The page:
PCR was used to verify the integration events in both FM18 and FM20. Two new sets of primers were designed to amplify the adhE gene, including the unique junctions predicted for pdc (Fig. (Fig.3,3, primers 3 and 4) and cat (Fig. (Fig.3,3, primers 5 and 6) as a result of integration and FLP-mediated deletion. Forward primer 3 hybridizes to the promoter region of adhE, while reverse primer 4 hybridizes to the N-terminal coding region of pdc. Forward primer 5 hybridizes to the C-terminal coding region of the cat gene, and reverse primer 6 hybridizes to the 3′ untranslated portion of the adhE gene. Note that the primers used to clone adhE, forward primer 1 and reverse primer 2, hybridize to the N-terminal and C-terminal coding regions of adhE and are inside of the regions encoded by forward primer 3 and reverse primer 6. All primer sets (SE2272 template, 1 plus 2 and 3 plus 6; FM18 template, 3 plus 4 and 5 plus 6) generated products of the expected sizes (Fig. (Fig.4A).4A). Identical results were also obtained with FM20 DNA as the template.

FIG. 3
Diagram illustrating the insertion of heterologous passenger genes into the chromosomal adhE gene (shaded) and FLP-mediated deletion of the replicon and marker used during construction. Plasmid pLOI2231 is a derivative of pLOI2224 with an AscI cassette ...
FIG. 4
PCR fragments containing the adhE gene and junctions. Amplification conditions for primer pairs 1 plus 2 and 3 plus 6 (25 cycles): 45 s at 94°C, 45 s at 60°C, and 60 s at 72°C. Amplification conditions for primer pairs 3 plus 4 ...

The adhE gene contains a single central BstEII site which does not occur elsewhere in the PCR products. This site was used to verify the identity of the PCR fragments. As shown in Fig. Fig.4B,4B, all PCR products were cut once to produce fragments containing the N-terminal and C-terminal regions of adhE. Fragments from the adhE coding region alone (primers 1 plus 2) were smaller (N-terminal fragment = 1,226 bp; C-terminal fragment = 1,470 bp) than fragments which included parts of the native adhE promoter (primers 3 plus 4 and 3 plus 6; N-terminal fragment = 1,325 bp) or adhE terminator (primers 3 plus 6 and 5 plus 6; C-terminal fragment = 1,489 bp). The fragment which included part of pdc (primers 3 plus 4) was the largest C-terminal fragment (1,783 bp). The fragment which included part of cat (primers 5 plus 6) was the largest N-terminal fragment (1,988 bp).

The expression of adhE is regulated by a number of factors in E. coli, including cra, adhR, and the abundance of NADH (18, 19, 21). Both message levels and activity are approximately 10-fold higher during anaerobic growth with glucose than during aerobic growth. Since the Z. mobilis genes are integrated behind the adhE coding region to form an operon fusion, expression of pdc should also increase in response to anaerobiosis. Strains FM18 and FM20 were grown in LB containing 50 g of glucose/liter under aerobic and anaerobic conditions. Pyruvate decarboxylase (PDC) activities were determined in heat-treated preparations to eliminate lactate dehydrogenase and other confounding activities (4). Under anaerobic conditions, PDC activities in FM18 and FM20 were 0.254 U per mg of protein and 0.185 U per mg of protein, respectively, levels approximately fourfold higher than the activities observed in cells grown under aerobic conditions. Although these differences in pdc expression were somewhat smaller than the 10-fold reported for native adhE, expression may be modulated by a reduction in NADH, due to concurrent expression of Z. mobilis adhB and availability of acetaldehyde from the PDC-mediated decarboxylation of pyruvate.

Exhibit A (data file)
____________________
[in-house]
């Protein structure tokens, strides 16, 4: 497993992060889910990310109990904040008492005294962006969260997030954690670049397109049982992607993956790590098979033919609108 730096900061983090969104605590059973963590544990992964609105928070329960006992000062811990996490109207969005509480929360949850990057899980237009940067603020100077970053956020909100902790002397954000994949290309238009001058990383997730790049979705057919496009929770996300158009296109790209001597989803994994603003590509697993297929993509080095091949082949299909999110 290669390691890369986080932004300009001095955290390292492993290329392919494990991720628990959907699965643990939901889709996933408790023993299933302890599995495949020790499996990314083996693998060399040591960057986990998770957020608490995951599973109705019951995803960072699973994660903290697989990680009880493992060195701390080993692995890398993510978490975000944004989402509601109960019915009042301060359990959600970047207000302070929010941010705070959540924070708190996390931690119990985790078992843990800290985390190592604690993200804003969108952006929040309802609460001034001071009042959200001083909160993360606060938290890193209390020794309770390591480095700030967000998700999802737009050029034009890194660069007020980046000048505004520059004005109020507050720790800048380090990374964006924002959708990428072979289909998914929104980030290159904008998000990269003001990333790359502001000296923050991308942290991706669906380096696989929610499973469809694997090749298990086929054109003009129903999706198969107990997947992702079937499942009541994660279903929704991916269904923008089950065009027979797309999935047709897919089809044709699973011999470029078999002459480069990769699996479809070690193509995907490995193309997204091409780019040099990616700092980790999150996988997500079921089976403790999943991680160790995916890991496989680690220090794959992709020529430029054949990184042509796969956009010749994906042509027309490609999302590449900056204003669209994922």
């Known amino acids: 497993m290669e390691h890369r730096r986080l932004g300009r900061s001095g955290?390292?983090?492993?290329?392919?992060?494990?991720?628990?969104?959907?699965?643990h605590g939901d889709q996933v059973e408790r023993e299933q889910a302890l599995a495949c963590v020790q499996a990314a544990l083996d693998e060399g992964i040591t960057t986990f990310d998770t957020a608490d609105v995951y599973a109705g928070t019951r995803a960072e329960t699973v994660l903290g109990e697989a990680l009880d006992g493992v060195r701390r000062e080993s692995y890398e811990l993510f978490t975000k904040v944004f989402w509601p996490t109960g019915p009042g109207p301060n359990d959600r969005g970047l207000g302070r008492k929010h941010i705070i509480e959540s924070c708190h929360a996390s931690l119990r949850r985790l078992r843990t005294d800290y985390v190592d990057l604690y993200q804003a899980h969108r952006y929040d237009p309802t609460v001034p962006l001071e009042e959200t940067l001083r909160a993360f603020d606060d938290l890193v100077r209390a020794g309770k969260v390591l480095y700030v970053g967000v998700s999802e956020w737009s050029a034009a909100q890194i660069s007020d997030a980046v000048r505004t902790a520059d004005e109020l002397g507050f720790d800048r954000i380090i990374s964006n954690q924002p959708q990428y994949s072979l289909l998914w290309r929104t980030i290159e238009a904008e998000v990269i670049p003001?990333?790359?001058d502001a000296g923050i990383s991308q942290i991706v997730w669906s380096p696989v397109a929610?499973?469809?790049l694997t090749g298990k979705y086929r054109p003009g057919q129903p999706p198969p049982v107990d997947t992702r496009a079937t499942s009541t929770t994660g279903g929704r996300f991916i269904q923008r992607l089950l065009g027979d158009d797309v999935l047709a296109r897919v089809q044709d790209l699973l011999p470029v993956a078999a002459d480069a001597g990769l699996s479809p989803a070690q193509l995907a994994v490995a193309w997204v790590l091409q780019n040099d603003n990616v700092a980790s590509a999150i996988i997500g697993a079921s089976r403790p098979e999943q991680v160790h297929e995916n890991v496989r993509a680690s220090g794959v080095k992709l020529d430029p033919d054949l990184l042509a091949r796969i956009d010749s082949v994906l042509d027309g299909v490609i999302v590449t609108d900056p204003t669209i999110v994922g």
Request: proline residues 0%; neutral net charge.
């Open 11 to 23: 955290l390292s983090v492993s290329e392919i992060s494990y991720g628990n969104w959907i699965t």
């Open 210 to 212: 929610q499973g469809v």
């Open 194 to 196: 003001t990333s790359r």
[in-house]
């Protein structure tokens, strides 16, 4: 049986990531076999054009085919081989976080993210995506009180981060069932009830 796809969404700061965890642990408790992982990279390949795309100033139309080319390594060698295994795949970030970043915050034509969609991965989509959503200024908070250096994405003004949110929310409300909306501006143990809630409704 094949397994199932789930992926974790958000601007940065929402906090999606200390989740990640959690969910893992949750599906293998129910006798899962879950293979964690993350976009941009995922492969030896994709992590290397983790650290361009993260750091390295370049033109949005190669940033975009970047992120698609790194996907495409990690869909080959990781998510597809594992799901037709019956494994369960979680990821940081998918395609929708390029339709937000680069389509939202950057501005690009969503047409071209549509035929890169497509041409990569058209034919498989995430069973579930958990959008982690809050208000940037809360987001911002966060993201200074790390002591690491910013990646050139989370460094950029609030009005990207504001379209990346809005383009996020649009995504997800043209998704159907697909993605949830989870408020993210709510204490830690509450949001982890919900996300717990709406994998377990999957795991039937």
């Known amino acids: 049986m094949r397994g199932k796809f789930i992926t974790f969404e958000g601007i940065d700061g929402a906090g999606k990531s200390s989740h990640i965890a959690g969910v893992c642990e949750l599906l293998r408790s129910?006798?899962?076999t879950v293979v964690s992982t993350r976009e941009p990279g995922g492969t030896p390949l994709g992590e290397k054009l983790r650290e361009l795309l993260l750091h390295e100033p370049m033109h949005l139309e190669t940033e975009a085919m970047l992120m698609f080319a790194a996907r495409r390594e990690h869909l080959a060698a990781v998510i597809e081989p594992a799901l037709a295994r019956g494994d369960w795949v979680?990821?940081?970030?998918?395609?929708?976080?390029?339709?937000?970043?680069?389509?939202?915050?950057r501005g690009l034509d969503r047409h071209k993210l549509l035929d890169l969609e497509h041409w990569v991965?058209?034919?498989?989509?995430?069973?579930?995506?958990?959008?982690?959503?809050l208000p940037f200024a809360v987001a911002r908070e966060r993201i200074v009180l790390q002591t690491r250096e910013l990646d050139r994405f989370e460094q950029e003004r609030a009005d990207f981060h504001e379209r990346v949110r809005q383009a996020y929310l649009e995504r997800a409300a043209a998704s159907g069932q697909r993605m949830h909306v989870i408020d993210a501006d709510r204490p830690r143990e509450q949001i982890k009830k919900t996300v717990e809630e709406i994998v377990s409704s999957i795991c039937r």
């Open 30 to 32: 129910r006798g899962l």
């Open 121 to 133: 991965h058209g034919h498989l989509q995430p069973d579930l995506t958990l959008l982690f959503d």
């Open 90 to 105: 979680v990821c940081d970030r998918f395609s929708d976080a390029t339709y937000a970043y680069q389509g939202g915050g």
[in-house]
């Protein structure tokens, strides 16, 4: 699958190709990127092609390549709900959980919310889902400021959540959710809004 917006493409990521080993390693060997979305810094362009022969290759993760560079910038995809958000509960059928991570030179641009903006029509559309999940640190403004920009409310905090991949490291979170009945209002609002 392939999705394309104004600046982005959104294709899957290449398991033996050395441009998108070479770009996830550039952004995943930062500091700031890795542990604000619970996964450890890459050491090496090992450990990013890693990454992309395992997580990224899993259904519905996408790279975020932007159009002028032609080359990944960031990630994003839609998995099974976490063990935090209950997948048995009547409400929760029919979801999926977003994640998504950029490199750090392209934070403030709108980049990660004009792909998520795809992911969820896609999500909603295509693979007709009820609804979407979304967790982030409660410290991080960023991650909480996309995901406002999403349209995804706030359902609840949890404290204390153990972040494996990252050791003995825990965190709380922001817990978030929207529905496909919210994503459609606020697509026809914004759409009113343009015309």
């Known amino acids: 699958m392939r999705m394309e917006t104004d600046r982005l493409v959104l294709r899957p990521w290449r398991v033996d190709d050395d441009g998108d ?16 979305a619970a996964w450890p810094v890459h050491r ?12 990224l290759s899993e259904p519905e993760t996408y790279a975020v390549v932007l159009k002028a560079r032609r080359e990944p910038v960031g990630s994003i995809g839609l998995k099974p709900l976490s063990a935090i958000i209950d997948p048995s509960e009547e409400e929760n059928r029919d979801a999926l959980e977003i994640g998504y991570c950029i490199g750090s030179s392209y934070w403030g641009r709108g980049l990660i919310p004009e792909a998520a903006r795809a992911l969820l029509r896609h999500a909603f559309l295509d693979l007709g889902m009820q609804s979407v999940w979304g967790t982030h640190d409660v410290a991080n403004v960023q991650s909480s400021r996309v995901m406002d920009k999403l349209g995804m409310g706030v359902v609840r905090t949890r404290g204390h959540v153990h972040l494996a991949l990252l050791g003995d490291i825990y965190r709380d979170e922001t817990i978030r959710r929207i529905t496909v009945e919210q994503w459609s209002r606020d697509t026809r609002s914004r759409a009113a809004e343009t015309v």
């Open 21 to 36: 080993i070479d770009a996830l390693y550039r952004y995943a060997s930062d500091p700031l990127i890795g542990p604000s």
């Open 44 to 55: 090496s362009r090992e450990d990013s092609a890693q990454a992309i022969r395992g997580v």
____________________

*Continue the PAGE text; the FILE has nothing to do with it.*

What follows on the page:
The stability of integrated strains was also examined by serial transfers (1,000-fold dilution) in rich medium lacking antibiotics. After 10 sequential transfers, all 100 colonies tested retained both alcohol dehydrogenase expression and chloramphenicol resistance.

Our results with the ethanol pathway genes demonstrate that the new integration vectors can be used to place promoterless genes under the control of a chromosomal promoter. This approach avoids potential problems of lethality or mutation due to unregulated expression in plasmids during construction and integration. These vectors can also be used to replace promoters in chromosomal genes. Additional unique restriction sites are available for the insertion of genes which can be temporarily expressed after integration and subsequently deleted with the replicon and selectable marker. This option, the temporary introduction of new genes, may be useful to test new traits in an isogenic background. Although the vectors described must be propagated in E. coli, they are potentially useful with other organisms. The FLP recombinase is extremely efficient (32) and could be produced intracellularly as a transient expression product after transformation or electroporation of pFT-A.


We thank G. Posfai and F. R. Blattner for sharing their plasmid vectors.

This research was supported in part by the Florida Agricultural Experiment Station (publication no. R-06853) and by grants from the U.S. Department of Agriculture, National Research Initiative (98-35504-6177 and 98-35505-6976), and the U.S. Department of Energy, Office of Basic Energy Science (DE-FG02-96ER20222).